A bit slow away from rest, the diesel Bipper accelerates briskly through the gears once it is rolling and has little trouble maintaining the maximum legal motorway speed even with some weight in the back. A smooth, glitch-free gear-change helps progress, and following the prompts of the shift indicator on the dashboard should aid fuel economy.
Unfortunately, it is all accompanied by way too much wind, road and engine noise, and we cannot help but think that some of the measures that should have been taken to control noise, vibration and harshness have been sacrificed to keep the little van’s price down.
More worrying is the ride.
No matter whether the vehicle is empty or laden, it is choppy to say the least, so much so that on some stretches of road we had to drop some way below the speed limit to stop our fillings from being shaken out. We are talking about roads we have travelled down in certain other vans without suffering from the same problem. This drawback has to be set against the exemplary handling.
It is sharp and responsive, with plenty of feedback through the steering, and Bipper’s high level of manoeuvrability and compact dimensions – overall length is less than 3.9m – allow it to nip into kerbside slots that would be barred to many other light commercials. That is a key advantage if you are on urban delivery work, and the mean streets of Britain’s big cities represent the Bipper’s natural habitat.
Big cities are plagued by traffic congestion, and this is where Stop & Start comes into its own. As well as cutting fuel usage it reduces CO2 emissions and we believe there is a strong case for fitting such systems as standard on all light commercial vehicles.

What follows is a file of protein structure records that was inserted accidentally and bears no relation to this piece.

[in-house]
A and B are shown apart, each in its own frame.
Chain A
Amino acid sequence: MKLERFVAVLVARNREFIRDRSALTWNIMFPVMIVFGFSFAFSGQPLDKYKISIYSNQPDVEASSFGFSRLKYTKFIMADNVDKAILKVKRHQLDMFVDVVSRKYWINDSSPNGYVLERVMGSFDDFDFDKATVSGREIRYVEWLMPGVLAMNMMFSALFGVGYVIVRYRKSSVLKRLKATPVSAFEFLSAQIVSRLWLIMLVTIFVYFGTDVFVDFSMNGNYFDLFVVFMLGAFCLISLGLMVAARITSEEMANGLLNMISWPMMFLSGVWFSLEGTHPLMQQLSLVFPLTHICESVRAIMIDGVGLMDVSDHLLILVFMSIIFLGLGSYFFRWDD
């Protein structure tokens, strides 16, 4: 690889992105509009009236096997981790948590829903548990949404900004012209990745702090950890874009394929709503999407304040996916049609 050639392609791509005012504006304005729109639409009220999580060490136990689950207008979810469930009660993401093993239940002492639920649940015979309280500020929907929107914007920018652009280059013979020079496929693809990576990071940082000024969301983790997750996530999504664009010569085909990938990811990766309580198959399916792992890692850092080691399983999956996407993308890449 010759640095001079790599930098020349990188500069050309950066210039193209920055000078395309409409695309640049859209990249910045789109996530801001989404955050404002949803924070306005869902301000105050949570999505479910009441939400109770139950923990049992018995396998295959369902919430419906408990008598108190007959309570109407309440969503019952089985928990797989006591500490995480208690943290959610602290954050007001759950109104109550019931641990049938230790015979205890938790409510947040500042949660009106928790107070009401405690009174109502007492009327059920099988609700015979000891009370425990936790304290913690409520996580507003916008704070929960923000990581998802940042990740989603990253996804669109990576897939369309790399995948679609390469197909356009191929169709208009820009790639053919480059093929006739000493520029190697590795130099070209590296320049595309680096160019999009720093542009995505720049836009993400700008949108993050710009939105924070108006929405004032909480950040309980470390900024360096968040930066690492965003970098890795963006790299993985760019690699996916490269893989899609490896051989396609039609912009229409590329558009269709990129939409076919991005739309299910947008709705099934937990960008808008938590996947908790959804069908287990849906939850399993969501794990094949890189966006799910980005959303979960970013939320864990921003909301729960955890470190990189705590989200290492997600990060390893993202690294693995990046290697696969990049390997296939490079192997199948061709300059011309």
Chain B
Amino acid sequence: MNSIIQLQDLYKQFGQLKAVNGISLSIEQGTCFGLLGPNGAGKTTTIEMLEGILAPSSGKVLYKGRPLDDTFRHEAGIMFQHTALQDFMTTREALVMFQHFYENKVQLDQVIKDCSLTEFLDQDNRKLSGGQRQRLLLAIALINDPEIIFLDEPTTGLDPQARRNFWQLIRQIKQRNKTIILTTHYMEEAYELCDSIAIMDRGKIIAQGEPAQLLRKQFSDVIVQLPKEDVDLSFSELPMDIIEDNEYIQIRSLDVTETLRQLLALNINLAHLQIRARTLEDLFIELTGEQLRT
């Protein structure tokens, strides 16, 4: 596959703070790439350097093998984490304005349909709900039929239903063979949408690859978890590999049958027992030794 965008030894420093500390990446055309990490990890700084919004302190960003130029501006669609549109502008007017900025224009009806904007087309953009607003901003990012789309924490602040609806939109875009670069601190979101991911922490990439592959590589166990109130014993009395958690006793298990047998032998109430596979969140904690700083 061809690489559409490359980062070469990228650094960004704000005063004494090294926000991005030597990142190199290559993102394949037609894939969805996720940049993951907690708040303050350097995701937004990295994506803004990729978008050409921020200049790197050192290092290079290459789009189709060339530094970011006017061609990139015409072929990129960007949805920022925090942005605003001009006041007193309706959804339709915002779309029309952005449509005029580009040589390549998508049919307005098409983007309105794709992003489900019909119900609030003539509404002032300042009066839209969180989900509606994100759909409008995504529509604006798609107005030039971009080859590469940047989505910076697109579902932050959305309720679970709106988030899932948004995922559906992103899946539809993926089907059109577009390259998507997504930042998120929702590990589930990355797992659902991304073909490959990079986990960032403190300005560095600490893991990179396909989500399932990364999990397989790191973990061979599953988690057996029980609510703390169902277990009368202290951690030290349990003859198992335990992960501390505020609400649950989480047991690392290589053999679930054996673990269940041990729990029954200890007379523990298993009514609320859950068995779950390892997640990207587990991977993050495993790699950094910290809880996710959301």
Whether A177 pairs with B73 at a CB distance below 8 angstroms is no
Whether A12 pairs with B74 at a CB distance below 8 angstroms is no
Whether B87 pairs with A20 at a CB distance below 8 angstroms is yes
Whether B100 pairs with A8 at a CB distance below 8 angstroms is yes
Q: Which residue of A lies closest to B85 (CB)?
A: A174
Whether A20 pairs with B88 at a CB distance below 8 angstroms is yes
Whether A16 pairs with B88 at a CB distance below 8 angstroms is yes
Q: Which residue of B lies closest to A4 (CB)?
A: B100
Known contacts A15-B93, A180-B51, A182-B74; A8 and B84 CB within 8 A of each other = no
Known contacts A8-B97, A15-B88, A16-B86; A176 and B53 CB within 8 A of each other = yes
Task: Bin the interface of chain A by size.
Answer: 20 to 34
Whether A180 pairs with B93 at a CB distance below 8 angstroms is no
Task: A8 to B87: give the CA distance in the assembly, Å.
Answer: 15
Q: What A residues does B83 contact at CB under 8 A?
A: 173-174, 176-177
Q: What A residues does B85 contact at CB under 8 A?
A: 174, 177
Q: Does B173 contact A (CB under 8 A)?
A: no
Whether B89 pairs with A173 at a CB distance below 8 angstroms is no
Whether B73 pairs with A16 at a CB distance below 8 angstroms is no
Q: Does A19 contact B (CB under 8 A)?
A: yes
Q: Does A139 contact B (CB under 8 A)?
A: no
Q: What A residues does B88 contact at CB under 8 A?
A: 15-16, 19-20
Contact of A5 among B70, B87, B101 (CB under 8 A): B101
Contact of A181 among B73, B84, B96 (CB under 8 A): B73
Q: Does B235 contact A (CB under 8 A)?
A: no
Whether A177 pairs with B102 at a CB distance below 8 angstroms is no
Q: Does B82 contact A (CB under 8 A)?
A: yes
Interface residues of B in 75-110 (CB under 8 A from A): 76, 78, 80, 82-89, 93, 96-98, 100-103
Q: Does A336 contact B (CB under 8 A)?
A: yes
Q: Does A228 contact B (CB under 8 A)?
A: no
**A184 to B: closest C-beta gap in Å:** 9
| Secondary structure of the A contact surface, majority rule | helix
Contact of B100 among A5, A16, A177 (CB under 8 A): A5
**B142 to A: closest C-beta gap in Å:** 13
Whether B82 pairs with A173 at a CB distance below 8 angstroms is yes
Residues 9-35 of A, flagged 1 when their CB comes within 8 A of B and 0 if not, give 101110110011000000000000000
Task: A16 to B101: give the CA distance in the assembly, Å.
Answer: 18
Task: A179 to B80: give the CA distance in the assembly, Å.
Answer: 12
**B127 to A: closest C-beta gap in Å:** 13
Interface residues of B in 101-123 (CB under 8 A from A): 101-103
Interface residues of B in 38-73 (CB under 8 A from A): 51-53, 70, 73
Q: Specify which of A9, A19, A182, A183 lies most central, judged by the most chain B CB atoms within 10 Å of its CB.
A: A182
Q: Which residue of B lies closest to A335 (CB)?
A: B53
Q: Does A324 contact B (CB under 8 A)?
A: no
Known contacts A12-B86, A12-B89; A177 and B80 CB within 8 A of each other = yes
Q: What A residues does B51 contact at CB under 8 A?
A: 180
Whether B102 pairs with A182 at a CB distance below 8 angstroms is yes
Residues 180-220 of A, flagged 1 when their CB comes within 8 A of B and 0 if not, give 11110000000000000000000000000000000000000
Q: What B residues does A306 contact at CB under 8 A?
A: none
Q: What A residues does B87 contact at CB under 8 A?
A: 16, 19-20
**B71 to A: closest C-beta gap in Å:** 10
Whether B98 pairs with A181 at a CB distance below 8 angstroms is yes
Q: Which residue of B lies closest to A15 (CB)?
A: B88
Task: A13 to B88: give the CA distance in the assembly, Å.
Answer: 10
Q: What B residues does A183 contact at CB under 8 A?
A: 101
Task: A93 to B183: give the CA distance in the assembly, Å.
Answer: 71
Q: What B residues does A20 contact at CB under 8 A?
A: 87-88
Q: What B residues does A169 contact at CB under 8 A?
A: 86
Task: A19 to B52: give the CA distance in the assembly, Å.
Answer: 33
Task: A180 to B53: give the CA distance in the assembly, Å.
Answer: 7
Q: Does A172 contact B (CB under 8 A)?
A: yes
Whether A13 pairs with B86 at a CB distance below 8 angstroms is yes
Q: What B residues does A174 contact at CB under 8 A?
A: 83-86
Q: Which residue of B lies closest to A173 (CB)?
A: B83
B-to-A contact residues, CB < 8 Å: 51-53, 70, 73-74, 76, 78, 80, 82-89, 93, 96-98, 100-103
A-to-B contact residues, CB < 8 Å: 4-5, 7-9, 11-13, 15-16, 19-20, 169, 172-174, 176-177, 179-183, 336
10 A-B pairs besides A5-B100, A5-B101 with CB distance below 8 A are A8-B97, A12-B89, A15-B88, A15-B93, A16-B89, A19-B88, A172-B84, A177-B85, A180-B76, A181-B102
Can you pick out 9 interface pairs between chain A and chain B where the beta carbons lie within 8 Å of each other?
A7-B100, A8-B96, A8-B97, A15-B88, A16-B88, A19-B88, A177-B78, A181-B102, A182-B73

Average diesel consumption was a very creditable 63mpg.
Opt for Professional trim and you get a manually operated air-conditioning system plus Bluetooth, not to mention the electric windows and electrically adjustable and heated exterior mirrors that are also found on SE models. The mirrors are large but lack a separate wide- angle section.
You get an MP3-compatible radio/CD player too, with steering-wheel-based remote controls, but the tone is so poor that most drivers will soon be hollering for an upgrade. A 12V power point is fitted between the seats.
A three-year/100,000-mile warranty is provided, with Peugeot Assistance roadside rescue and recovery available free for the first year. It only responds if your vehicle has suffered “a warranty-based fault” (how can you tell if it is or if it isn’t when you’re stranded miles from anywhere?), not if you’ve run out of fuel or lost your keys.
Service intervals for the van are set at two years/20,000 miles and all 260 of Peugeot’s dealers can maintain Bippers.
ABS comes as standard as do ventilated disc brakes at the front and – surprisingly – drums at the back. A driver’s airbag is included in the deal too, as are deep side-rubbing strips that preserve the Bipper’s body from minor dings and scrapes.
If you want to lock all the doors, then hit a button on the dashboard. They all lock automatically at speeds above 12mph anyway.
Remote central locking is provided along with deadlocks and allows you to lock and unlock the cab and load area doors separately.
Along with Fiat’s Fiorino and Citroen’s Nemo, the Peugeot Bipper broke cover in early 2008. All three are the fruits of a joint venture between Fiat and PSA Peugeot Citroen, and effectively created a new segment of tiny urban vans. Prior to the trio’s arrival, microvans such as the Suzuki Carry, Bedford Rascal and, more recently, Piaggio’s Porter were the main options for urban operators such as florists and sandwich-delivery companies.
The Euro5 changes, mainly concerning the arrival of new more efficient engines, represent the first significant alterations to the Bipper since its launch.
While Renault has pitched in with the Kangoo Compact, it is interesting to note that other key players have yet to challenge Citroen, Peugeot and Fiat in this sector of the market. The nearest we have are car-derived vans such as the Vauxhall Corsavan and Ford Fiesta Van, plus Fiat and Peugeot’s own commercial vehicle versions of the Punto and 207 respectively. VW could be the first, as it’s known to be looking at the possibility of a sub-Caddy model.
In many respects the ideal city delivery van thanks to its compact dimensions.